If your I-130 petition was approved but you are awaiting a decision on an Adjustment of Status application when your spouse passes away, USCIS will again not require you to submit again. They will still complete the processing of the pending application and make a decision.

If your spouse passes before an Adjustment of Status application has been filed, you can still submit one without your partner. Typically, one can complete Form I-485, the Application to Register Permanent Residence or Adjust Status, on their own, with one important exception. A sponsoring spouse in normal circumstances must enclose Form I-864, the Affidavit of Support, with the application. This requirement is waived for widows and widowers.

Removing Conditions from a Green Card After a Spouse Has Passed

If you receive a green card through a newer marriage – one less than 2 years-old – you will receive a “conditional” green card. Unlike other green card with 10-year validity periods, conditional green cards expire after 2 years, and the process of “removing conditions” is fairly involved.

Traditionally, a married couple would jointly file to “remove conditions” on a green card through Form I-751, the Petition to Remove Conditions on Residence, within 90 days of expiration. If your spouse passes away after you receive a conditional green card but before you can together remove conditions, you still have options.

If your spouse has passed away, you do not need to complete the joint filing sections of Form I-751. Instead, you should complete the “Waiver or Individual Filing Request” section with the justification that your spouse is deceased.

The point of conditional residency is to affirm for a second time that a marriage is authentic and not only formed to facilitate a green card. As such, you will still need to prove to USCIS that your marriage continued after receiving your conditional green card and that you were still together at the time of your spouse’s passing.

Finally, note that you have the ability to file Form I-751 at any point before your conditional green card expires should your spouse pass away. You do not need to wait until the 90-day window before its expiration opens.

Difference Between Marriages to U.S. Citizens and Lawful Permanent Residents

Immigrants with U.S. citizen spouses have fairly robust options to assist them with procuring green cards should their partners pass away. Unfortunately, options for those with deceased U.S. lawful permanent resident spouses are more limited.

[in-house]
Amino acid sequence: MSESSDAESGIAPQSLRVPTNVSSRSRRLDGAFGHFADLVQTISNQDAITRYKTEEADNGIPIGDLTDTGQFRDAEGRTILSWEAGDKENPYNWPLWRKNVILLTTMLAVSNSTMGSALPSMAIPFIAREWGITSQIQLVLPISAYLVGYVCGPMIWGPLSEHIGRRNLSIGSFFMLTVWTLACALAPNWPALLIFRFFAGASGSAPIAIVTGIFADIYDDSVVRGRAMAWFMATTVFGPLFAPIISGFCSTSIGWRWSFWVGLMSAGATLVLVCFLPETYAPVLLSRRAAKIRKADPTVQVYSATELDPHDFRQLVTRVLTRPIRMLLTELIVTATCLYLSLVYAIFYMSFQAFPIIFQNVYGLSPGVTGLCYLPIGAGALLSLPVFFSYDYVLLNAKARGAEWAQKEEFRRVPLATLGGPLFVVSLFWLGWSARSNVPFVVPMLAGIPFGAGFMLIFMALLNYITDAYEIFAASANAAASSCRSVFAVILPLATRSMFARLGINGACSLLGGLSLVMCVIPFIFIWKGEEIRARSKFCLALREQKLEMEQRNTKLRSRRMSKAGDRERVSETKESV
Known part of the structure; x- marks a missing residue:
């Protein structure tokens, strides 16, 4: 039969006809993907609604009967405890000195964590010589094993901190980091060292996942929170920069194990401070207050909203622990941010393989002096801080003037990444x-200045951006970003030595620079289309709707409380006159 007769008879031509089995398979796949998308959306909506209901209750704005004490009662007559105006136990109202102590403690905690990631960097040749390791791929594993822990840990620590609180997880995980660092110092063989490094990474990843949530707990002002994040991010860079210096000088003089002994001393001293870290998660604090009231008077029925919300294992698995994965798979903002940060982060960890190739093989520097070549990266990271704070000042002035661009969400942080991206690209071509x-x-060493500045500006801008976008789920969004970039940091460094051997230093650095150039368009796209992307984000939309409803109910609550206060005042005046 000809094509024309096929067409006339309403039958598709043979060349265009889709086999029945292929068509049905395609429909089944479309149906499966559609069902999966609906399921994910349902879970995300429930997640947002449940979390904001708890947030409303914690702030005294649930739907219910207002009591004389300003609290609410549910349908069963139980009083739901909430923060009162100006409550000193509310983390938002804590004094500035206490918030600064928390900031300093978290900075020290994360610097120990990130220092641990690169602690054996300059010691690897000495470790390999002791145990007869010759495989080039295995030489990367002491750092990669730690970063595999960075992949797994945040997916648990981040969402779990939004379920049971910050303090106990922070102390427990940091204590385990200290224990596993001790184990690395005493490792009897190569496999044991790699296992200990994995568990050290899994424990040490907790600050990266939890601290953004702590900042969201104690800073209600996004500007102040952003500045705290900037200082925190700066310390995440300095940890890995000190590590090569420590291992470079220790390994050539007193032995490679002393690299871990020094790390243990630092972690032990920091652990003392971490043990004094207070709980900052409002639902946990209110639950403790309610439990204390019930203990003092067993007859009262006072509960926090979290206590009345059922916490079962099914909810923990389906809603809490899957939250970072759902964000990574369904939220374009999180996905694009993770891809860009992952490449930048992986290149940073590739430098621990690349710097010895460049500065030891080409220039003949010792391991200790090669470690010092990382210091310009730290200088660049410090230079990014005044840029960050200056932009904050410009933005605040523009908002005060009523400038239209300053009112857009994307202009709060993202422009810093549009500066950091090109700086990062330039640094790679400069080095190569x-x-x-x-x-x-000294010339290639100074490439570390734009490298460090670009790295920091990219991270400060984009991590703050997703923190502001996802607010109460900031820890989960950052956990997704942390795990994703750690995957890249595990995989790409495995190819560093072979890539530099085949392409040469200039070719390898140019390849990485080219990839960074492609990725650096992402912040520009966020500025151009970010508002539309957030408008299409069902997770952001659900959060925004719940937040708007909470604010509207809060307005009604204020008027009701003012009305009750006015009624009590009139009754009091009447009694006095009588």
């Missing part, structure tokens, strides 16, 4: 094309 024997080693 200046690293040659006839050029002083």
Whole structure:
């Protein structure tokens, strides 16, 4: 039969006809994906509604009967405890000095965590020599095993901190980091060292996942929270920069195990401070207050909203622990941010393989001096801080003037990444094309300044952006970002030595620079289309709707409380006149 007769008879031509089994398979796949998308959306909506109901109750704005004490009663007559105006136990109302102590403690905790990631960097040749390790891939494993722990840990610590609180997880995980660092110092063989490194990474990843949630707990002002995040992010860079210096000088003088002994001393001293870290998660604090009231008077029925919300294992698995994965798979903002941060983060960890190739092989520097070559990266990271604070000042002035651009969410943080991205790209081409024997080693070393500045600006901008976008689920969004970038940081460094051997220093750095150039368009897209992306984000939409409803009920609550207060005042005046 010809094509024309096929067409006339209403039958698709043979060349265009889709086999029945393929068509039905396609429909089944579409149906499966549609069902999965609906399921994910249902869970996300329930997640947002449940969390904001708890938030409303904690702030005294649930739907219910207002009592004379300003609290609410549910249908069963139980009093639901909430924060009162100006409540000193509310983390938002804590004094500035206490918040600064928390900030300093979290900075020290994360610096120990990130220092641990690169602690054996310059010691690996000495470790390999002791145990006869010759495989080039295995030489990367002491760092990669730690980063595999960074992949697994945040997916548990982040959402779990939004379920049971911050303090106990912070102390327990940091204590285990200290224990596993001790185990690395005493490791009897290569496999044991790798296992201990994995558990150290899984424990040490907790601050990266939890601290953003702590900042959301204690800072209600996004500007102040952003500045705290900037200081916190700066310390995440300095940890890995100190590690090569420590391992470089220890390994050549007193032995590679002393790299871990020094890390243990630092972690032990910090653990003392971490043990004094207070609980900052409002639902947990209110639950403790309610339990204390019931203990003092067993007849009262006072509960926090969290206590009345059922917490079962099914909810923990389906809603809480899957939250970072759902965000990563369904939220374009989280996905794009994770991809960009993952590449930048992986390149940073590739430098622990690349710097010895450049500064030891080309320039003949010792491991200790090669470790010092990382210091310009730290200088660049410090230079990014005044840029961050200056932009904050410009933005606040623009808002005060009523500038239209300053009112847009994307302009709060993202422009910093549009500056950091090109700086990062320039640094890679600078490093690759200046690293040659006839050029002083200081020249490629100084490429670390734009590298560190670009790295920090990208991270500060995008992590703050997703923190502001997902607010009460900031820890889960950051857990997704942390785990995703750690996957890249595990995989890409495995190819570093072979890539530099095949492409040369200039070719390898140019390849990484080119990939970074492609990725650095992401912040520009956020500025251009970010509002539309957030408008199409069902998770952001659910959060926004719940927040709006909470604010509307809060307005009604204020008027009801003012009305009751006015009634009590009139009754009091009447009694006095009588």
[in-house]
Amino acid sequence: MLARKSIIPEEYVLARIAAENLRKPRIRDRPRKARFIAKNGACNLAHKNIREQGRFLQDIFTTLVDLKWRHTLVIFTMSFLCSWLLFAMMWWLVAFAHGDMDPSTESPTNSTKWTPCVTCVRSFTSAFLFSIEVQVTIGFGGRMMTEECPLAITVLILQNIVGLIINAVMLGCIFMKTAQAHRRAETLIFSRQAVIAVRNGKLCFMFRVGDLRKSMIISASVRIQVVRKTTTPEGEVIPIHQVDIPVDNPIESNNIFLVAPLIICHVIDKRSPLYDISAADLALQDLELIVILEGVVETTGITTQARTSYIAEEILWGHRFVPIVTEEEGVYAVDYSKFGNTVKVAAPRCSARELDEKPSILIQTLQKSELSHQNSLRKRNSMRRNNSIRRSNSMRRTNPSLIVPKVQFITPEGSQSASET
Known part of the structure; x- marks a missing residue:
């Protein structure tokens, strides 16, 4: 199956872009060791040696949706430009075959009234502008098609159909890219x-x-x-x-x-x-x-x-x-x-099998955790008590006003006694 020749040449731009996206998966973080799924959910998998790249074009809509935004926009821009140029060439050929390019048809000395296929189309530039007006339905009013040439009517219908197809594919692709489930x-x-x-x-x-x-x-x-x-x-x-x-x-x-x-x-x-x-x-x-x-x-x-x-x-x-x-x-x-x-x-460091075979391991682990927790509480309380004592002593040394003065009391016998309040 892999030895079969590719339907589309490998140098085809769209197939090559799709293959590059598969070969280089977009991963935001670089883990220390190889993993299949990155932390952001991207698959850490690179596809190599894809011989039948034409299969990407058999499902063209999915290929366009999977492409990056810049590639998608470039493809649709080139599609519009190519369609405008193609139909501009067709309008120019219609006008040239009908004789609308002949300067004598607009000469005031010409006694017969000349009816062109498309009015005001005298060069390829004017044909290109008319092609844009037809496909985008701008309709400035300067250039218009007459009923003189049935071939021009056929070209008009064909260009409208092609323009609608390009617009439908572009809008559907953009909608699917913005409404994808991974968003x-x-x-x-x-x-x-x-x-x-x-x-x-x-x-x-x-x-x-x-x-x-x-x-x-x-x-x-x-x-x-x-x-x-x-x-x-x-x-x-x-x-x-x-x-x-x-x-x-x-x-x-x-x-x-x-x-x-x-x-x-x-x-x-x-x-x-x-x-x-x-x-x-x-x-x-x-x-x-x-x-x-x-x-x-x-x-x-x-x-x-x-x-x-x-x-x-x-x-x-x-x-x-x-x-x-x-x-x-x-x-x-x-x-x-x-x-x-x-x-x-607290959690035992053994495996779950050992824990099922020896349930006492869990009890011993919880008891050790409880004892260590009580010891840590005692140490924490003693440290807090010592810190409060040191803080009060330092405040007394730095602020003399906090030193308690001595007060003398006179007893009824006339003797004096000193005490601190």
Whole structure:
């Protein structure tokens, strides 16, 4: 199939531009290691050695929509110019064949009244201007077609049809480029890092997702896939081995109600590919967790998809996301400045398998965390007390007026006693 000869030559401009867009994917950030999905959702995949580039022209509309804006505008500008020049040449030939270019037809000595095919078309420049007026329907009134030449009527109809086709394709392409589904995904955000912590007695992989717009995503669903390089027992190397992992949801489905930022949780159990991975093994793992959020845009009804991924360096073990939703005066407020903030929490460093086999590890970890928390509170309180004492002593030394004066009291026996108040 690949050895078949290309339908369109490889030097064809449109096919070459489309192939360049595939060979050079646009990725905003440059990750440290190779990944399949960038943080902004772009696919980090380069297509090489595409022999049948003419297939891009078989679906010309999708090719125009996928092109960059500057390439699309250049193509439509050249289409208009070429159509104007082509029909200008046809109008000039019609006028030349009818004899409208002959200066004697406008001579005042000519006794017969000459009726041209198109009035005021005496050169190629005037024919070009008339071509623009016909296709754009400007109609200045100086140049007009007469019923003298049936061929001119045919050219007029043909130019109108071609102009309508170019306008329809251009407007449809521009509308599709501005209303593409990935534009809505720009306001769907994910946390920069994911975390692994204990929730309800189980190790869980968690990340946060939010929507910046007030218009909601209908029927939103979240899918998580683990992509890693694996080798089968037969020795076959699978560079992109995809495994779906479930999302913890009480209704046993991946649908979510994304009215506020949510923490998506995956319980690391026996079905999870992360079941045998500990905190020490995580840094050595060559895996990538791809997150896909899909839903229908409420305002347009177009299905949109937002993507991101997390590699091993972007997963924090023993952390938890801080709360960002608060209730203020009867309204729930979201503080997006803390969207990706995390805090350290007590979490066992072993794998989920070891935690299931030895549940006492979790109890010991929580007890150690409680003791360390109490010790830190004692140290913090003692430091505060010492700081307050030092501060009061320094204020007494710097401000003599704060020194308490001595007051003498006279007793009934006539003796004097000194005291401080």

If a visa petition has already been filed by your now-deceased permanent resident spouse, you may still be able to pursue an adjustment of status when your Priority Date becomes current. If you are abroad at the time of your spouse’s passing, USCIS may grant “humanitarian reinstatement,” which opens the door to obtaining a green card through consular processing. Both of these scenarios require a careful level of attention and will likely necessitate the assistance of a qualified legal professional.

We Can Help You Navigate Green Card Obstacles After Your Spouse Passes Away

As you mourn the loss of your partner, the last thing you will want to think about is how your loss will complicate your immigration journey. Our immigration attorneys at Kanu & Associates, P.C. are empathetic to the unimaginable hardship one experiences when they lose their spouse, especially amidst an often-turbulent effort to immigrate to the United States. We have nearly two decades of experience helping clients navigate challenges of all sizes and complexities, and we are prepared to help you overcome any difficulties that might arise in the wake of your spouse’s death. Our goal is to help you efficiently obtain your green card or remove conditions as painlessly and efficiently as possible.

Schedule a free consultation with our team to learn more about how we can help you obtain your green card. Call (602) 353-7795 or contact us online today.